A tooth that has been damaged or broken can generally be fix by means of a filling, crown or other treatments. However, there are times when the damage is too severe for the tooth to be repaired. At times there may be a very loose tooth that can not be saved, even with bone replacement surgery (bone graft). In these situations the tooth needs to be extracted.
There are many reasons why a person would need to have a tooth extraction done. It is a simple and straight forward procedure that is very common to occur. The majority of time the extraction can be performed quickly while the individual is awake. Using local anesthetic injections help to eliminate painful sensations. In situations where the tooth is more difficult to remove the shape of the tooth roots and the integrity of the tooth may have to be worked on.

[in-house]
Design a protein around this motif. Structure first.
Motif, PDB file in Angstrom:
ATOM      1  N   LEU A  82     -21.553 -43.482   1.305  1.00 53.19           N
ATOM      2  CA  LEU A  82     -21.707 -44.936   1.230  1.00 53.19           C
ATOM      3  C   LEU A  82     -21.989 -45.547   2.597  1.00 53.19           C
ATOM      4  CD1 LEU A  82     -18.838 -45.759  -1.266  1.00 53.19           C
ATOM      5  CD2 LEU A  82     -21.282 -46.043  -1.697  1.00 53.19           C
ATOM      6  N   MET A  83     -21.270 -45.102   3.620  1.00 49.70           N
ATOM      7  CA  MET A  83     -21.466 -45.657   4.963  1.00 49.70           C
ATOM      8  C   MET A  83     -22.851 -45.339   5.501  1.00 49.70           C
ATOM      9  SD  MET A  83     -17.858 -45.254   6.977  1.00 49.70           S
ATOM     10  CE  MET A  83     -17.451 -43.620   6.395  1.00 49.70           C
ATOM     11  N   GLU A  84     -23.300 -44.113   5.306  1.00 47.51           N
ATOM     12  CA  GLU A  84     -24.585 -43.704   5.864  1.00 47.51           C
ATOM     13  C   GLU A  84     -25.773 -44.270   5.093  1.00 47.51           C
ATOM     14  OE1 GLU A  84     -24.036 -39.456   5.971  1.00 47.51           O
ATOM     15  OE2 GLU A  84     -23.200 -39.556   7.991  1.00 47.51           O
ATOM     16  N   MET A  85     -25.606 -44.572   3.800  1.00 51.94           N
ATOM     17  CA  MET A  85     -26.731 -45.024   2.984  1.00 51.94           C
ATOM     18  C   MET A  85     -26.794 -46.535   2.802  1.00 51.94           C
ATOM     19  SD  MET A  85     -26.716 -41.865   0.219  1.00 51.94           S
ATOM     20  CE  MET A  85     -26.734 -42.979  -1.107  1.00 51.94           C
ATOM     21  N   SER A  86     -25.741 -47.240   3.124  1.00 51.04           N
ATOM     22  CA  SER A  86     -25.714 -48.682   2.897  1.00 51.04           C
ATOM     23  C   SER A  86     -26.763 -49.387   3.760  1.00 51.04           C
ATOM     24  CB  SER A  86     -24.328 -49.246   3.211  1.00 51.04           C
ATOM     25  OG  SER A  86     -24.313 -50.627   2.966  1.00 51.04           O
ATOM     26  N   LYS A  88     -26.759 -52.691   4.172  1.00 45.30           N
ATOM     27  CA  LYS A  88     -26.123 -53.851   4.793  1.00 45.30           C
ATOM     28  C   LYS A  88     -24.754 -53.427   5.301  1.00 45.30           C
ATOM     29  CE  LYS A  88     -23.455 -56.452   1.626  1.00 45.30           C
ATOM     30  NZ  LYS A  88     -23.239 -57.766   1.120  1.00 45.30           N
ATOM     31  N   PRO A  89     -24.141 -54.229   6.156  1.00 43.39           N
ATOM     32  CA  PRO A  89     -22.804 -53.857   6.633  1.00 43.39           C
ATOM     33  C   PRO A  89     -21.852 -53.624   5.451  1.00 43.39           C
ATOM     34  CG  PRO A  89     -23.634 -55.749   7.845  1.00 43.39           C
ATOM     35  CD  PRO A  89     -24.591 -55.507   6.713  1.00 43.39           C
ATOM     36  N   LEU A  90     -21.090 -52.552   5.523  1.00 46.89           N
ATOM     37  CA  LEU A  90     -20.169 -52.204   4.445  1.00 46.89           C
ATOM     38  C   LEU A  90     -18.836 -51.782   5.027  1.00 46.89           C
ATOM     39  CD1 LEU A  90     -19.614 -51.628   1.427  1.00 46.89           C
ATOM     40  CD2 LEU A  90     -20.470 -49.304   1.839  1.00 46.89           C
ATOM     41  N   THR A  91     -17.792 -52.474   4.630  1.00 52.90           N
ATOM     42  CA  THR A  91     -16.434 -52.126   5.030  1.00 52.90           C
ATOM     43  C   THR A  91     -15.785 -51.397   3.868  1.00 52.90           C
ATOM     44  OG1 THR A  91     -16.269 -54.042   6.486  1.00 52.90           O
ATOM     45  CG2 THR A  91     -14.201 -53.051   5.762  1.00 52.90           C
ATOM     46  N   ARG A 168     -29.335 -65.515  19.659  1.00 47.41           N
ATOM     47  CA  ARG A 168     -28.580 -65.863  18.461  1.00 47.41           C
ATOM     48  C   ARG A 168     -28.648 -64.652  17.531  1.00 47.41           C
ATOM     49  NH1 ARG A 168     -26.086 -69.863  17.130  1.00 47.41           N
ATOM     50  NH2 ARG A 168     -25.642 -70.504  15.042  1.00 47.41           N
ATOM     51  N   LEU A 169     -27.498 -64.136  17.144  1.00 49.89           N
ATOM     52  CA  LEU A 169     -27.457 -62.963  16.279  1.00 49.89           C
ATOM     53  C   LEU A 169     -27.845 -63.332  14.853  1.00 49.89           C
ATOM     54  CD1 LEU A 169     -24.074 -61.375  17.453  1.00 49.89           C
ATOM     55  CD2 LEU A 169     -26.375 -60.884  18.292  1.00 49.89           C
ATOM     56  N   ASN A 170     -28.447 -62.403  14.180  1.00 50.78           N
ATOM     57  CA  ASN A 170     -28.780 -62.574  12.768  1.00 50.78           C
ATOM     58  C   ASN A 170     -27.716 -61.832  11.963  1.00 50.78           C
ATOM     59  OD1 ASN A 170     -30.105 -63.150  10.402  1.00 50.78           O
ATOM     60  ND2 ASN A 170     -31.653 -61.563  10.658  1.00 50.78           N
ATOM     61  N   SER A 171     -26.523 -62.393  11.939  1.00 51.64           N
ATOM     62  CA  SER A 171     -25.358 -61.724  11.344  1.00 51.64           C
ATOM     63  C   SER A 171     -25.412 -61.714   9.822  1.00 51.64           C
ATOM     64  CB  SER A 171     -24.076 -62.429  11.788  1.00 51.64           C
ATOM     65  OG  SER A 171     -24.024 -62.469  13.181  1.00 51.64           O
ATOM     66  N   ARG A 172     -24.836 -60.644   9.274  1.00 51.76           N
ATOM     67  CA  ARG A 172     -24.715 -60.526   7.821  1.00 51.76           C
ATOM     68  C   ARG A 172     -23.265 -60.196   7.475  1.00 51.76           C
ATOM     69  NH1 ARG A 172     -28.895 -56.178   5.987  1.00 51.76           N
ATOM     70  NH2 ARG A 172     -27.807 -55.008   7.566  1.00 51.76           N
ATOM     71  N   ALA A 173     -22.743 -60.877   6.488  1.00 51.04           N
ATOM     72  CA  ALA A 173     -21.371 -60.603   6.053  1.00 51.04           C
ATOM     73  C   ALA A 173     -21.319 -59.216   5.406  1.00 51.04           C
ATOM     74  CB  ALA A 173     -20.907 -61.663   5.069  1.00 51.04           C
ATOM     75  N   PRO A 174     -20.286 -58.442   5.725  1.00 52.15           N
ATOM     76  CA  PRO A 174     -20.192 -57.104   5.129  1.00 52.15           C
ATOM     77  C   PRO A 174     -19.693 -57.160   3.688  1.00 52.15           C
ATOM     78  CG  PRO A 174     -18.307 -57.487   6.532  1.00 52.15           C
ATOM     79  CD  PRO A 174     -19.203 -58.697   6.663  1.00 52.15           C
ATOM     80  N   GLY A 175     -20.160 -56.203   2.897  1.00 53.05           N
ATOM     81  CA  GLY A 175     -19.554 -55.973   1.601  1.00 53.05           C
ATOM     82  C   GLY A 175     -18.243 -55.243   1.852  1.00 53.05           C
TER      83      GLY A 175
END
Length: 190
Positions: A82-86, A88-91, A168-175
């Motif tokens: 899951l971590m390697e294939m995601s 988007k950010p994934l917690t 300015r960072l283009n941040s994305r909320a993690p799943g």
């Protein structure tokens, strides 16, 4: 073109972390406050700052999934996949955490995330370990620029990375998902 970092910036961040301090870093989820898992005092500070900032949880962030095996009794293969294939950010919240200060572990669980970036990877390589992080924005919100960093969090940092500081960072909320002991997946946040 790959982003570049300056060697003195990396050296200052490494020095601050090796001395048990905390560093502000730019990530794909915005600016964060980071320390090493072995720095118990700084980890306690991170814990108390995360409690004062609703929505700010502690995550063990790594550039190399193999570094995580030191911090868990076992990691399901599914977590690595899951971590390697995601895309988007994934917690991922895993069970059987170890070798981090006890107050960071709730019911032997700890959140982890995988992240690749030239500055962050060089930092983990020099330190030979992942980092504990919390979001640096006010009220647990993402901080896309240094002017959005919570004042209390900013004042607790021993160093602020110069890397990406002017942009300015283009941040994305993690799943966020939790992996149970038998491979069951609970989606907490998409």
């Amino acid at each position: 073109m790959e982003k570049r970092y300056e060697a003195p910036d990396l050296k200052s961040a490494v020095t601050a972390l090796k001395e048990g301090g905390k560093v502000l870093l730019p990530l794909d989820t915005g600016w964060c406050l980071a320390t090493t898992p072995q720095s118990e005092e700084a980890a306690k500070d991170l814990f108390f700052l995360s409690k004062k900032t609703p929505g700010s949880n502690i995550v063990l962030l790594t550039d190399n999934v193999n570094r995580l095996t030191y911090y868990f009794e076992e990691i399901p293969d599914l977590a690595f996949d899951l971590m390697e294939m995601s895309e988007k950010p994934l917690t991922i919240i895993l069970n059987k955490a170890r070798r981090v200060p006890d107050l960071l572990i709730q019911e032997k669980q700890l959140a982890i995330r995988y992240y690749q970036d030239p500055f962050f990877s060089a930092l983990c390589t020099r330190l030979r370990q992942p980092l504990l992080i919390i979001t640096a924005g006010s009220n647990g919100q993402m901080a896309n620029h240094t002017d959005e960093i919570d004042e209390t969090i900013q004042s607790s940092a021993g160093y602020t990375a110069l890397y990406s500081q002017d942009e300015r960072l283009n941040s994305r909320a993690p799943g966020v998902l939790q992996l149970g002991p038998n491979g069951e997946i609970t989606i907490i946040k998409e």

There are cases where more steps are needed to fulfill the extraction process. If a tooth is buried in the bone a surgical or trans alveolar approach may be necessary. This involves cutting the gum away and removing the part of bone that is holding the tooth in with a surgical drill.
Here are reasons for extractions:
- Having extra teeth that crowd or block other teeth from coming in.
- Creating room for the teeth that are being moved into place by braces.
- A tooth that has become infected may need to be extracted.
- Receiving radiation to the head and neck.
- Wisdom teeth, also called third molars, are often extracted either before or after they come in. These teeth often get stuck in the jaw (impacted) and do not come in. This can irritate the gum, causing pain and swelling. If all four wisdom teeth must be removed, they are typically extracted at the same time.